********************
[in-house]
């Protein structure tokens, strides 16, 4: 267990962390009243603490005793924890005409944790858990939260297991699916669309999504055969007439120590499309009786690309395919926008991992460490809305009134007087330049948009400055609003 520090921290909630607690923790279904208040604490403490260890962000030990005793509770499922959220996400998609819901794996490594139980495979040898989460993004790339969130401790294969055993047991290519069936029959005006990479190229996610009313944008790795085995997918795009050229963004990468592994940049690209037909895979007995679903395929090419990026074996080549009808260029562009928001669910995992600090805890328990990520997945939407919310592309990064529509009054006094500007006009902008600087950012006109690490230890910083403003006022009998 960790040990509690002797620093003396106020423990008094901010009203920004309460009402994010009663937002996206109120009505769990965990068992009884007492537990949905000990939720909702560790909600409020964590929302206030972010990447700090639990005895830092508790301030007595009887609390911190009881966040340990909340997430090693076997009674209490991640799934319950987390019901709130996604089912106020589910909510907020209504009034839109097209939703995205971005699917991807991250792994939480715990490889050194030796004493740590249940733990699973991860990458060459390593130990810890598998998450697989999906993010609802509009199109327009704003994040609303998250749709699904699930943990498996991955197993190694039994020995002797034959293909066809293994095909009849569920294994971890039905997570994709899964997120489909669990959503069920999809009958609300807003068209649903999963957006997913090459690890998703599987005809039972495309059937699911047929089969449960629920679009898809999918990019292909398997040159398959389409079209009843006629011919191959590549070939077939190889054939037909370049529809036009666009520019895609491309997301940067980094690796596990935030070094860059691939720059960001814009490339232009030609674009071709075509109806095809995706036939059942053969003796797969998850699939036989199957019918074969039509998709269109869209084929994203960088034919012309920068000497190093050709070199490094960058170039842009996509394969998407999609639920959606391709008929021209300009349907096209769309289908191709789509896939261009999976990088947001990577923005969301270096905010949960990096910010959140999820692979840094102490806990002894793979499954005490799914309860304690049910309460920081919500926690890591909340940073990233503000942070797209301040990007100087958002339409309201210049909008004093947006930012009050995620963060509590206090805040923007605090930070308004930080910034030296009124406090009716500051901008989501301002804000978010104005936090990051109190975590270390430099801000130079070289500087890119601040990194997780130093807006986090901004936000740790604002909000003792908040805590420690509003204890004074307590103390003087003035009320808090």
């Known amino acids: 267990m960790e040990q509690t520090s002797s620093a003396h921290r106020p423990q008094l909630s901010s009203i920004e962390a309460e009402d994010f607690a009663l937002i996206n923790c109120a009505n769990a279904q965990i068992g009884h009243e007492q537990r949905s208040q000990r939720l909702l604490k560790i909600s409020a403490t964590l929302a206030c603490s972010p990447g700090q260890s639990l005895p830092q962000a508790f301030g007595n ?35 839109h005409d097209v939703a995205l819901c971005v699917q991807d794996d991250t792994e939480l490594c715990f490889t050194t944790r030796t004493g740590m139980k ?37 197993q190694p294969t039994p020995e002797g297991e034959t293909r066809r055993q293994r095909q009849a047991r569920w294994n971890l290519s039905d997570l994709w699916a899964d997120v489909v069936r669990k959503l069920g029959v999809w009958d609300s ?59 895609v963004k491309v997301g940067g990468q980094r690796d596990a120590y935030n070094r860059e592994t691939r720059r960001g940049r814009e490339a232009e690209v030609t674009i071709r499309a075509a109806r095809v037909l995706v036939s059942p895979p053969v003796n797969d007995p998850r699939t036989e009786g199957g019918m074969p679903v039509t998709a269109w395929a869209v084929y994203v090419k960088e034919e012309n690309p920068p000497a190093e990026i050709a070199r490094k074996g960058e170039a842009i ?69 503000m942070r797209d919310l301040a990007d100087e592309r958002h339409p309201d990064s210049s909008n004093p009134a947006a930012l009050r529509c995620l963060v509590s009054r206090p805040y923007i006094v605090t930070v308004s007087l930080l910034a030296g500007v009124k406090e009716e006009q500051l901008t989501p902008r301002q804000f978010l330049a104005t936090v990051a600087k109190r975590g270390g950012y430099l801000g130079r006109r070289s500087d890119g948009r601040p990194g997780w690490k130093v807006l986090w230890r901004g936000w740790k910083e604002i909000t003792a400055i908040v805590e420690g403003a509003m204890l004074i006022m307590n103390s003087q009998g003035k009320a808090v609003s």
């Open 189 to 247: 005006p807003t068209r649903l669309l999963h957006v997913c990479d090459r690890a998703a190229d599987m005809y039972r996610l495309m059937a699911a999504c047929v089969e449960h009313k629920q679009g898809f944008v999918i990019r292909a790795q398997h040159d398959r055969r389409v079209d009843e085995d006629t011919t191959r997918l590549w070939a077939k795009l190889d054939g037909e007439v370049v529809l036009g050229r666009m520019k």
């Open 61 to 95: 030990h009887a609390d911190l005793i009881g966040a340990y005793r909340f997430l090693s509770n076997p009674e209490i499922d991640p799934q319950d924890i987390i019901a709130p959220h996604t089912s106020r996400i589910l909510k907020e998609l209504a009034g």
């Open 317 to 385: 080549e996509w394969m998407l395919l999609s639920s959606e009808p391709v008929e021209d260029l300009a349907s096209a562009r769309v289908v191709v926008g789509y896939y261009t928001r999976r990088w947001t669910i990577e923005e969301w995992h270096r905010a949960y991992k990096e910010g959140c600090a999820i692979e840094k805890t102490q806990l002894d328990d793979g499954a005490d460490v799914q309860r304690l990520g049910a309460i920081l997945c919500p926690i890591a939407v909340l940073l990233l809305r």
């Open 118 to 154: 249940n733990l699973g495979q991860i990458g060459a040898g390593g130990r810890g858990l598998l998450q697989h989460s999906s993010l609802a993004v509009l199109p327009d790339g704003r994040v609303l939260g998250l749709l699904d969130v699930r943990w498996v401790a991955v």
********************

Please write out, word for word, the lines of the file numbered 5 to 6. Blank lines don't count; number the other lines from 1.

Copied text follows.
């Open 61 to 95: 030990h009887a609390d911190l005793i009881g966040a340990y005793r909340f997430l090693s509770n076997p009674e209490i499922d991640p799934q319950d924890i987390i019901a709130p959220h996604t089912s106020r996400i589910l909510k907020e998609l209504a009034g």
């Open 317 to 385: 080549e996509w394969m998407l395919l999609s639920s959606e009808p391709v008929e021209d260029l300009a349907s096209a562009r769309v289908v191709v926008g789509y896939y261009t928001r999976r990088w947001t669910i990577e923005e969301w995992h270096r905010a949960y991992k990096e910010g959140c600090a999820i692979e840094k805890t102490q806990l002894d328990d793979g499954a005490d460490v799914q309860r304690l990520g049910a309460i920081l997945c919500p926690i890591a939407v909340l940073l990233l809305r």